Jihadist Questions for Ayman al-Zawahiri

New report shows al Qaeda supporters concerned about Iran and civilian killings.


Still from a video of Ayman Al-Zawahiri, shown on Al-Jazeera July 27, 2006.

By + More

For a wanted terrorist, al Qaeda's powerful deputy leader, Ayman al-Zawahiri, maintains an unusually high media profile, regularly releasing lengthy audio statements that are scrutinized carefully by his followers, as well as counterterrorism experts.

Last December, Zawahiri invited supporters of the terrorist group to log on to several password-protected jihadist online forums and send questions to him, and his first set of answers presented another opportunity to analyze his words.

But he also unwittingly provided a glimpse into some of the issues that al Qaeda supporters and sympathizers are thinking about these days. Experts at the U.S. Defense Department managed to acquire 1,868 separate questions posed to Zawahiri on two secure jihadist websites.

One of the prime topics of concern among jihadists is whether al Qaeda has been unwilling or simply unable to attack in places like Iran, Egypt, Palestine, or even Israel, according to a new report by the Combating Terrorism Center at the U.S. Military Academy at West Point titled "The Power of Truth? Questions for Ayman al-Zawahiri."

In particular, the Iran question is a thorny one for Zawahiri, given that al Qaeda, a Sunni group, has been conspicuously quiet about Shiite-dominated Iran. One post from someone using the name Abu Abd Al Razaq reads, "Where is Iran in your media campaign? We did not hear any honest release out of you. Why?"

But Zawahiri largely ignores this question, even though many queries asked specifically about reports that top al Qaeda figures have been in Iranian custody for several years.

"In our opinion, Zawahiri's responses—and failures to respond—to many of these were highly selective, very evasive on most contentious issues and not overly impressive," says Joseph Felter, the director of the Combating Terrorism Center. "In fact, he may have tipped his hand and showed his arrogance and intellectual weakness."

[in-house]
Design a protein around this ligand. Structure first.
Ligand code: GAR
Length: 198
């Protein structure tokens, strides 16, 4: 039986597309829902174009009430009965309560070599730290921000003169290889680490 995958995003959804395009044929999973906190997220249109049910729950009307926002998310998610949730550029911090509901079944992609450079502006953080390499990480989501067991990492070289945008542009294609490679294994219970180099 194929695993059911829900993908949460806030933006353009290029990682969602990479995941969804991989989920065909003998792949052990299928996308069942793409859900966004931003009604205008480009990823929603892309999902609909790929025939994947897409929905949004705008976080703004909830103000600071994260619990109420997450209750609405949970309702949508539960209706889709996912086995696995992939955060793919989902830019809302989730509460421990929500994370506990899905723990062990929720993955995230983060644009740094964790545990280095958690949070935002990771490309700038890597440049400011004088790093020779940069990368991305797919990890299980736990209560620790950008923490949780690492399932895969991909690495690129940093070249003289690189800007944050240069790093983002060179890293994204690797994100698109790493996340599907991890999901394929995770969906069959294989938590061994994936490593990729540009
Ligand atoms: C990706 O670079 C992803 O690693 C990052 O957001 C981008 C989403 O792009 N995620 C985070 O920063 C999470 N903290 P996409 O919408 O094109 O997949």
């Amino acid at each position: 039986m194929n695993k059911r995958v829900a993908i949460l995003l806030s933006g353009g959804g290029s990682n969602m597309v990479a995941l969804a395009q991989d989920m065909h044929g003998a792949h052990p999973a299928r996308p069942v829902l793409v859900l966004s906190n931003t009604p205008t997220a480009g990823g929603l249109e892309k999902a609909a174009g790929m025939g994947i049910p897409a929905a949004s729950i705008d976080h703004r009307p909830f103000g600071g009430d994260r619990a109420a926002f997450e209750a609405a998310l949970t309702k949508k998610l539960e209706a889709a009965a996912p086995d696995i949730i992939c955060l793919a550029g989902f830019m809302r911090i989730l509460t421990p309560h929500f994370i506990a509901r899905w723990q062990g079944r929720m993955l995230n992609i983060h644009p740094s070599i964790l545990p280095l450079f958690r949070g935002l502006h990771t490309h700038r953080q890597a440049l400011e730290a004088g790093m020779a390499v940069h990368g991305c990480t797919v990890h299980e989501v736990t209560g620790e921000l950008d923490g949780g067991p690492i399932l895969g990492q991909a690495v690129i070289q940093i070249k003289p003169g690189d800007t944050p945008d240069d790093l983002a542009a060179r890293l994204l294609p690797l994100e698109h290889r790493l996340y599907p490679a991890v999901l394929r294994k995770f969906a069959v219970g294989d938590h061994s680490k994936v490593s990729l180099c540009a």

Another hot topic was Zawahiri's mixed message about the Palestinian extremist group Hamas. While he has applauded the group's attacks on Israel, he has over the past year grown very critical of Hamas's decision to participate in elections and govern under a secular constitution.

"The jihadist community's backlash against Zawahiri on the Hamas and the Palestinian issues illustrates how poorly al Qaeda deals with nuanced problems," the CTC report says. "Zawahiri probably helped himself on the matter by clearly explaining his position. Nonetheless, Zawahiri's answer will be unsatisfactory for jihadists on both sides of the issue , those that want to see al Qaeda push Hamas to challenge Israel more violently and those that see Hamas as the best defender of Palestinians."

Several questions concerned al Qaeda's record of killing Muslim civilians. One participant wrote, "Many people in the Islamic world...complain that al Qaeda organization was behind many operations that targeted innocent civilians and Muslims within the Islamic nations and many Muslims and children died as a result of such operations. Do you think not that you are shedding prohibited and innocent's blood?"

Zawahiri did respond to this, asserting that al Qaeda does not target Muslim civilians, adding that if Muslims were killed in any attacks, it was either accidental or because non-Muslims were surrounding themselves with Muslims.

Nearly a fifth of the questions addressed the status and dynamics of al Qaeda's top leadership. But this was another topic that Zawahiri ignored almost completely in his lengthy response, posted online in early April. He did suggest, however, that he would offer additional responses in a future dispatch.

More broadly, the CTC report concludes that Zawahiri seems to fear that discontent is rising among al Qaeda's supporters. "Zawahiri's initial decision to hold a virtual press conference demonstrated that he feels the need to resolve concerns among jihadis about the future of the movement," the report says. "Zawahiri's answers revealed deep-seated worries about the controversies created by al Qaeda's killing of innocents."